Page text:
Understanding mysterious continental intraplate earthquakes

Oct 12, 2007

A new volume published by the Geological Society of America sheds light on mysterious earthquakes in the interiors of continents. These earthquakes, like those that occur in the central U.S., are what the book's editors describe as "an embarrassing stepchild of modern earthquake seismology." Continental Intraplate Earthquakes: Science, Hazard, and Policy Issues provides a comprehensive overview of these rare but very real global hazards.

The plate tectonics revolution of the 20th century elegantly explained why most earthquakes occur where they do – at Earth's plate boundaries. It didn't explain, however, the occurrence of intraplate quakes and the deformation processes that give rise to them. As a result, geologists studying areas like the central U.S., western Europe, and Australia, don't know what causes these quakes, how often they will happen in the future, and how dangerous they are.

"Progress has been slow and somewhat difficult," said volume editor Seth Stein of Northwestern University, Evanston, Illinois, USA. "Because deformation within plates is slow compared to more rapid plate boundary motions, seismicity is much lower and harder to study."

Stein points out that in recent years important insights are emerging with use of new research techniques and approaches. Space geodesy can measure intraplate deformation. Paleoseismology can extend the somewhat sketchy instrumental record backwards in time. Numerical deformation modeling can be used to test hypotheses regarding stresses.

The emerging picture shows earthquakes moving around among faults, which are active for some time and then become inactive for a long time. The results can be used to develop strategies for mitigating earthquake damage while balancing the resources required with those needed for other societal goals.

In organizing the publication Stein and co-editor Stéphane Mazzotti of the Geological Survey of Canada drew on presentations from a number of meetings and other sources that integrated what has been learned from earthquakes around the world. "Because these earthquakes are relatively rare in any given area, combining data from many areas provides valuable insights," said Stein.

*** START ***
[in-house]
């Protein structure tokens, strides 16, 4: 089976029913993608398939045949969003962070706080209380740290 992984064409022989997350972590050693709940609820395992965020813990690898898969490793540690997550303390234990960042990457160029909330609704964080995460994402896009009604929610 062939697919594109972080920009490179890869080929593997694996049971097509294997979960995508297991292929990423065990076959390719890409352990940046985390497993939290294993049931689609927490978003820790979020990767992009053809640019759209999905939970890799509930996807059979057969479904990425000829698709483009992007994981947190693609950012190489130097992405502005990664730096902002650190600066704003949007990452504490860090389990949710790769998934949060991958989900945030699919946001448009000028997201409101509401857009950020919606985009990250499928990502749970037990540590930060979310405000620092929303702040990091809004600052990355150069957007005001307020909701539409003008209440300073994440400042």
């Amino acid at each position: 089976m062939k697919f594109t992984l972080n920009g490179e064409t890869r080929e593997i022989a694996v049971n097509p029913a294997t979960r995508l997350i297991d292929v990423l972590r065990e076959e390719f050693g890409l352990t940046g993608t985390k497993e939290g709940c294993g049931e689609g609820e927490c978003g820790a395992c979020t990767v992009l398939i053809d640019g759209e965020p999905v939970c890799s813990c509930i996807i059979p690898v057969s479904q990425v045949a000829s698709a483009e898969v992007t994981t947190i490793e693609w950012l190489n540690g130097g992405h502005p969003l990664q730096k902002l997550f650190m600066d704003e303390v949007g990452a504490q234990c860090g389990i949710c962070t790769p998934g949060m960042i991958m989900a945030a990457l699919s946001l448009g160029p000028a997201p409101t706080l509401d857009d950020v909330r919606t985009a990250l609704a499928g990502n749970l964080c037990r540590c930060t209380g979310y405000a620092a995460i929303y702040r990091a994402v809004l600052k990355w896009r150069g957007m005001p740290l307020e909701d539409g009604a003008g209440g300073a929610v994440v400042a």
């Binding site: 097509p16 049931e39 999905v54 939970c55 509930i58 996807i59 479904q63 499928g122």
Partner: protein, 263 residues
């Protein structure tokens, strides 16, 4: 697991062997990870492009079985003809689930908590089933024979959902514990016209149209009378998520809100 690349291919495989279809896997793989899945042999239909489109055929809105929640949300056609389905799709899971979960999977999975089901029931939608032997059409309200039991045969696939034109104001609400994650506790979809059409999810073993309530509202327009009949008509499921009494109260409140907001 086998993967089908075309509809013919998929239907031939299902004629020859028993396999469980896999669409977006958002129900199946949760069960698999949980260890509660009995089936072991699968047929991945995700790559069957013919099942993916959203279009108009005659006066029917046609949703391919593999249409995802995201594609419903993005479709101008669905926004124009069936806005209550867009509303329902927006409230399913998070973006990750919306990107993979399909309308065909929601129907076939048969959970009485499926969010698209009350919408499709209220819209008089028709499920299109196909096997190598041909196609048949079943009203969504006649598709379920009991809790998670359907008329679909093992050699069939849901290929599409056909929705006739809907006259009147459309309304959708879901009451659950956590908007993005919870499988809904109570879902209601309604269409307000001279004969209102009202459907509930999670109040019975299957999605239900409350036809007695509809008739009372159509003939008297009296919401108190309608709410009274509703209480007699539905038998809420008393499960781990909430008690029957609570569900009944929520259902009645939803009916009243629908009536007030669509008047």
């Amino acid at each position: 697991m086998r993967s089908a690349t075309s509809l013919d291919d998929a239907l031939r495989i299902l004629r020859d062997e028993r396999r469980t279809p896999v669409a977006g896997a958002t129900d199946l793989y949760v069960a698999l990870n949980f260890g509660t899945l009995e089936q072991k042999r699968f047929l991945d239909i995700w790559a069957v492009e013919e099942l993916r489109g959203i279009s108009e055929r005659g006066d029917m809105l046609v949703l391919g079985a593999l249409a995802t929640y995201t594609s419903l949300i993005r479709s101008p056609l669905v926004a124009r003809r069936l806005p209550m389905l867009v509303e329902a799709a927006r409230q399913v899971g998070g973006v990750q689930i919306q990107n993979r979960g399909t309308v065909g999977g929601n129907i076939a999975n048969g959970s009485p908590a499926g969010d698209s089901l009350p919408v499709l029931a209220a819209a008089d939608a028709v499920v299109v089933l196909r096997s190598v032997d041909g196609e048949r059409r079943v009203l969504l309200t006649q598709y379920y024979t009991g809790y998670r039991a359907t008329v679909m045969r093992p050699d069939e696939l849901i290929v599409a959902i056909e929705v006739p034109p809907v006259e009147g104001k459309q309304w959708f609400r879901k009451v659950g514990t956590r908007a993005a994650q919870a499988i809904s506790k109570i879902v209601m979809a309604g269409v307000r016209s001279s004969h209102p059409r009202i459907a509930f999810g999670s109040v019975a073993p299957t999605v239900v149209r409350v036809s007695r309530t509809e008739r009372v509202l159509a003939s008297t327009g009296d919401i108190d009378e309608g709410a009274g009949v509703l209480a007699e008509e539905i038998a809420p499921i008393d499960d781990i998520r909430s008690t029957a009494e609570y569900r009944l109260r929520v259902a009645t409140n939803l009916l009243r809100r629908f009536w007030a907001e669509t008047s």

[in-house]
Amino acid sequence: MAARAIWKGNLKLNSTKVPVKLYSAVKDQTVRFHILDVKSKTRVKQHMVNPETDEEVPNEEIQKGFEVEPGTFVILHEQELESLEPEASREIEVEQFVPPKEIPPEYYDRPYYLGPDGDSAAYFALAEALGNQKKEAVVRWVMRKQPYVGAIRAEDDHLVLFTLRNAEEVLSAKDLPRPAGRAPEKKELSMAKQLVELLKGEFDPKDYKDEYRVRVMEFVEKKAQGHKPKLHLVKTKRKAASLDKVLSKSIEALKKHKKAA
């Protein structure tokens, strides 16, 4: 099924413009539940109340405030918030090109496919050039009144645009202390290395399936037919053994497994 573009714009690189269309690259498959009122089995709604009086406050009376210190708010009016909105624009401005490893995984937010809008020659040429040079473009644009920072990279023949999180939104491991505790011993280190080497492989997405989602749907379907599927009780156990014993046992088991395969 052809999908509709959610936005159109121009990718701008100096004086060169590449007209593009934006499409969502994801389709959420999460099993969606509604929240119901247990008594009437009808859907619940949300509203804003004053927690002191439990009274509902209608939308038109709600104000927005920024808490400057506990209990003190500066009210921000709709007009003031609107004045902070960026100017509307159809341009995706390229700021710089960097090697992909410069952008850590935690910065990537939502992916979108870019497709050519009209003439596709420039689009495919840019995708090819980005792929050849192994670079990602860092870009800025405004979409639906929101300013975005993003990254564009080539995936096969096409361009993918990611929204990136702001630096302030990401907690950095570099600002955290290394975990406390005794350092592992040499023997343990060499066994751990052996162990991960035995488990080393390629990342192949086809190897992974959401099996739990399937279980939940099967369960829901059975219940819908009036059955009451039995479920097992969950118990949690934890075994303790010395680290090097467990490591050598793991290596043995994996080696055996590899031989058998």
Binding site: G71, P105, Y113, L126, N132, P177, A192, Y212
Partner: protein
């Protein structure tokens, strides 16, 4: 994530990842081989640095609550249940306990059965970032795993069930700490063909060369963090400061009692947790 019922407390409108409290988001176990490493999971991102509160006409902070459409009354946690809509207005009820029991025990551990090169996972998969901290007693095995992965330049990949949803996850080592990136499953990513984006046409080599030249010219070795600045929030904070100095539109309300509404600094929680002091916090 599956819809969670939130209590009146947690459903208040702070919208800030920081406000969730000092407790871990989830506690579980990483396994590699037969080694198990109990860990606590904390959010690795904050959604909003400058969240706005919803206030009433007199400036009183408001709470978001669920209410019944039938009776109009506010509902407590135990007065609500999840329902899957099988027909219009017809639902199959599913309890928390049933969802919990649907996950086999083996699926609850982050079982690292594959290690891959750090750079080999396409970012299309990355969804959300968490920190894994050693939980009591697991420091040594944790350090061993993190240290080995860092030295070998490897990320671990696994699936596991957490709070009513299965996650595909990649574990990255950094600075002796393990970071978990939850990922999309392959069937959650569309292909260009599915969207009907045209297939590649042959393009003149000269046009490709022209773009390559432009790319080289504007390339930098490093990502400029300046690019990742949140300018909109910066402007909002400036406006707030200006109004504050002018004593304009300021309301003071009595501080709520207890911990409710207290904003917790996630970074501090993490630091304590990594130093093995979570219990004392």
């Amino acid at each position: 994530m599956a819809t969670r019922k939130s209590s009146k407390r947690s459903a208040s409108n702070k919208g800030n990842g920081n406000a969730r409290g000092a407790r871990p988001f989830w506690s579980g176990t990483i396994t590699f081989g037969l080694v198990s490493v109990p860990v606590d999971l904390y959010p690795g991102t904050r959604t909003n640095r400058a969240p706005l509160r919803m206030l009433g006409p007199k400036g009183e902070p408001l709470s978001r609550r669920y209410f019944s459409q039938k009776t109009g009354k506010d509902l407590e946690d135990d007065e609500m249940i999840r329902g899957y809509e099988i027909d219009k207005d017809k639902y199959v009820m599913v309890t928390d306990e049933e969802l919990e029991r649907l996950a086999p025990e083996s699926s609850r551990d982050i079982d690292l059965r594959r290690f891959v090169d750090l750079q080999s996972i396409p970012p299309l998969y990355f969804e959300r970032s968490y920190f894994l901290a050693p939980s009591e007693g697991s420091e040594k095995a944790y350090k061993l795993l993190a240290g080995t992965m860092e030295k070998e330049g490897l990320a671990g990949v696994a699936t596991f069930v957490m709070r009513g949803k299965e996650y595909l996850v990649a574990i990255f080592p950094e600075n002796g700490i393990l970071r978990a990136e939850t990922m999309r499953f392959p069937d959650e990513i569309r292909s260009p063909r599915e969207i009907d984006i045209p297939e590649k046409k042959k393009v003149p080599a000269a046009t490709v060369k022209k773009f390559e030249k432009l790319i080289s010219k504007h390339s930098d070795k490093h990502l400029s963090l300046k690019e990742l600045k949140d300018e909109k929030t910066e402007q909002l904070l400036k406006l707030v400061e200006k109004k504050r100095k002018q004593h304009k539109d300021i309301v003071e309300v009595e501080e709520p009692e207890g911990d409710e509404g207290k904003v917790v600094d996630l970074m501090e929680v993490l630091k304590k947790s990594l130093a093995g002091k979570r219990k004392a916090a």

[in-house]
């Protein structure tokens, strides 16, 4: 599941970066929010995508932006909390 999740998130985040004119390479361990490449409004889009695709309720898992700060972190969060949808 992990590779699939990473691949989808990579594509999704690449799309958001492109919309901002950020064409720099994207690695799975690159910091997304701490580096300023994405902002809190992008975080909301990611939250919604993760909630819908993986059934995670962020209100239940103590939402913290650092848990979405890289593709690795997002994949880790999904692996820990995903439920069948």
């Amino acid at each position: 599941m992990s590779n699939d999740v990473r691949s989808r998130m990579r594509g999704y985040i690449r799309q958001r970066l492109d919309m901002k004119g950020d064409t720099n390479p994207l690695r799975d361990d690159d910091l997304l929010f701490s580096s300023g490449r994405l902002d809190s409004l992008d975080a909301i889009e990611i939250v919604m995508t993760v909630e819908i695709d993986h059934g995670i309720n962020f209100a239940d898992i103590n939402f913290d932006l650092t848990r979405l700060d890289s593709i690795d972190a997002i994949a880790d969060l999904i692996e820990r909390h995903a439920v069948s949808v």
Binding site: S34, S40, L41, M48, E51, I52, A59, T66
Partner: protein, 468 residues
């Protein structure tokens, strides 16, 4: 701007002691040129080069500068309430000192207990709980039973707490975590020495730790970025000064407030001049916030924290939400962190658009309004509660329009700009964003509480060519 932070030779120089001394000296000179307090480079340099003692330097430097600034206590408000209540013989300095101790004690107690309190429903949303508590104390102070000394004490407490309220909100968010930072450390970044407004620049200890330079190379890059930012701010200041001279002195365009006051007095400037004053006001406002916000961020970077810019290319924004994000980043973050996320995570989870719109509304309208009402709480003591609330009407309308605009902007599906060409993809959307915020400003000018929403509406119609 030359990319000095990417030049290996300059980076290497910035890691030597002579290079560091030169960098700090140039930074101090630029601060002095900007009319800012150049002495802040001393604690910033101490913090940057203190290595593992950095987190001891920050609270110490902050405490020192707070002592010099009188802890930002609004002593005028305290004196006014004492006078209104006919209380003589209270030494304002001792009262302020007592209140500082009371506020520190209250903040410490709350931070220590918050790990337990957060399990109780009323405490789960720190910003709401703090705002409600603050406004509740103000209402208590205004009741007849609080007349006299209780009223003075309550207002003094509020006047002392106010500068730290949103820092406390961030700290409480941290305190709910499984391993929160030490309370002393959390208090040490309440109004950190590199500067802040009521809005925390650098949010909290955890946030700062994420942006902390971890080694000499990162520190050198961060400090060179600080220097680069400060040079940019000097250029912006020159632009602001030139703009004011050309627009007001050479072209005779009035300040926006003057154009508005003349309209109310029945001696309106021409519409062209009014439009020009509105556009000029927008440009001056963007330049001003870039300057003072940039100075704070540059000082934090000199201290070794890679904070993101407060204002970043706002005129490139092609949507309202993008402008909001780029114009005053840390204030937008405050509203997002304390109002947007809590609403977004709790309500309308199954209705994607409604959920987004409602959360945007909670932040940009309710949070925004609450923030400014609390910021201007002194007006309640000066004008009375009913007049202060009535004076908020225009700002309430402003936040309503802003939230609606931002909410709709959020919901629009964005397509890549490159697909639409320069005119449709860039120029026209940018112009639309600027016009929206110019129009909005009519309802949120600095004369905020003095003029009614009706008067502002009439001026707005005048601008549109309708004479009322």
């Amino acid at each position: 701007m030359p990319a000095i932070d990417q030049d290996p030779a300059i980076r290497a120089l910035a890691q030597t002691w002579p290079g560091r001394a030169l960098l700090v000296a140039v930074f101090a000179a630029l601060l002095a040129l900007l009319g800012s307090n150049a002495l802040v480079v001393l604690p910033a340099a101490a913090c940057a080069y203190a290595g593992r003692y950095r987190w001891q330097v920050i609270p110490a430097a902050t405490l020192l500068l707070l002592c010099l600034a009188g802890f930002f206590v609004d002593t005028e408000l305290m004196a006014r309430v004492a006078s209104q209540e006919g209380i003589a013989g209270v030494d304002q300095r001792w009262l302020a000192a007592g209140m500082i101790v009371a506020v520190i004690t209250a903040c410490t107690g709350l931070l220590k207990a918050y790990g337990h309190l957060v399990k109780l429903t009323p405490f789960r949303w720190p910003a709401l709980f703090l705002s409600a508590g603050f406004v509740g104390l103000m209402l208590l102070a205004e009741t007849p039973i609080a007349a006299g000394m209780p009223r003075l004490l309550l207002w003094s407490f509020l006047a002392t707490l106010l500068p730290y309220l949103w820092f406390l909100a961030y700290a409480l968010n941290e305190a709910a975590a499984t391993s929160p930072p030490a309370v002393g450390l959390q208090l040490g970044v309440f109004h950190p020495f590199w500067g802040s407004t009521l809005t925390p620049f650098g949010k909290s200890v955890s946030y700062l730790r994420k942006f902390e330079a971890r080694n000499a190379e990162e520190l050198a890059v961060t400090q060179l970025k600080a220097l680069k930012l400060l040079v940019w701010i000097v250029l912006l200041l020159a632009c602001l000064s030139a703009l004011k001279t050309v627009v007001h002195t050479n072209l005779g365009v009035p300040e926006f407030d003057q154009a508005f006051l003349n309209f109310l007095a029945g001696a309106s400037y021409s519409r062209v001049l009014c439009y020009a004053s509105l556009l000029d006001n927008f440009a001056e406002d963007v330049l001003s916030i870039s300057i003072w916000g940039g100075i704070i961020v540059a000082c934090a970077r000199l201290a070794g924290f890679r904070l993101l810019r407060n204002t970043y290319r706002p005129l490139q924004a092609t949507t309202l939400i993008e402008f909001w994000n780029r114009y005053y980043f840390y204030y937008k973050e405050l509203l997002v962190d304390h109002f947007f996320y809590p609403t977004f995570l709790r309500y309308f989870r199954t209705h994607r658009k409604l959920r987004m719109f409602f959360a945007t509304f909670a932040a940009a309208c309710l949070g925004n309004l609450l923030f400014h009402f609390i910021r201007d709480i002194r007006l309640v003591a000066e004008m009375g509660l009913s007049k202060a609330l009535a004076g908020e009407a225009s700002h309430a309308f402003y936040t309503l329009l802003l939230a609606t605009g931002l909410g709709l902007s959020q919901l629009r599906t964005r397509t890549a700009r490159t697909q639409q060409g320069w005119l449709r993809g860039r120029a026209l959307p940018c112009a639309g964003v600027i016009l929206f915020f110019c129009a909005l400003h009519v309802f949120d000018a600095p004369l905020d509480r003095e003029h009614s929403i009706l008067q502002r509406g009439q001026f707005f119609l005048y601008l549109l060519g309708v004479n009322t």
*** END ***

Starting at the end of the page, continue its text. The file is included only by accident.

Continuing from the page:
One group of papers addresses where intraplate quakes occur and what causes them. A second group assesses the hazards posed and challenges in estimating probability, size, and shaking. A third group explores public policy issues surrounding cost-effective hazard mitigation.

Source: Geological Society of America

Explore further: How productive are the ore factories in the deep sea?

add to favorites email to friend print save as pdf

Related Stories

Recommended for you

How productive are the ore factories in the deep sea?

14 hours ago

About ten years after the first moon landing, scientists on earth made a discovery that proved that our home planet still holds a lot of surprises in store for us. Looking through the portholes of the submersible ...

NASA image: Volcanoes in Guatemala

19 hours ago

This photo of volcanoes in Guatemala was taken from NASA's C-20A aircraft during a four-week Earth science radar imaging mission deployment over Central and South America. The conical volcano in the center ...

User comments : 0

More news stories

Untangling Brazil's controversial new forest code

Approved in 2012, Brazil's new Forest Code has few admirers. Agricultural interests argue that it threatens the livelihoods of farmers. Environmentalists counter that it imperils millions of hectares of forest, ...

Study links California drought to global warming

While researchers have sometimes connected weather extremes to man-made global warming, usually it is not done in real time. Now a study is asserting a link between climate change and both the intensifying California drought ...

Genetic code of the deadly tsetse fly unraveled

Mining the genome of the disease-transmitting tsetse fly, researchers have revealed the genetic adaptions that allow it to have such unique biology and transmit disease to both humans and animals.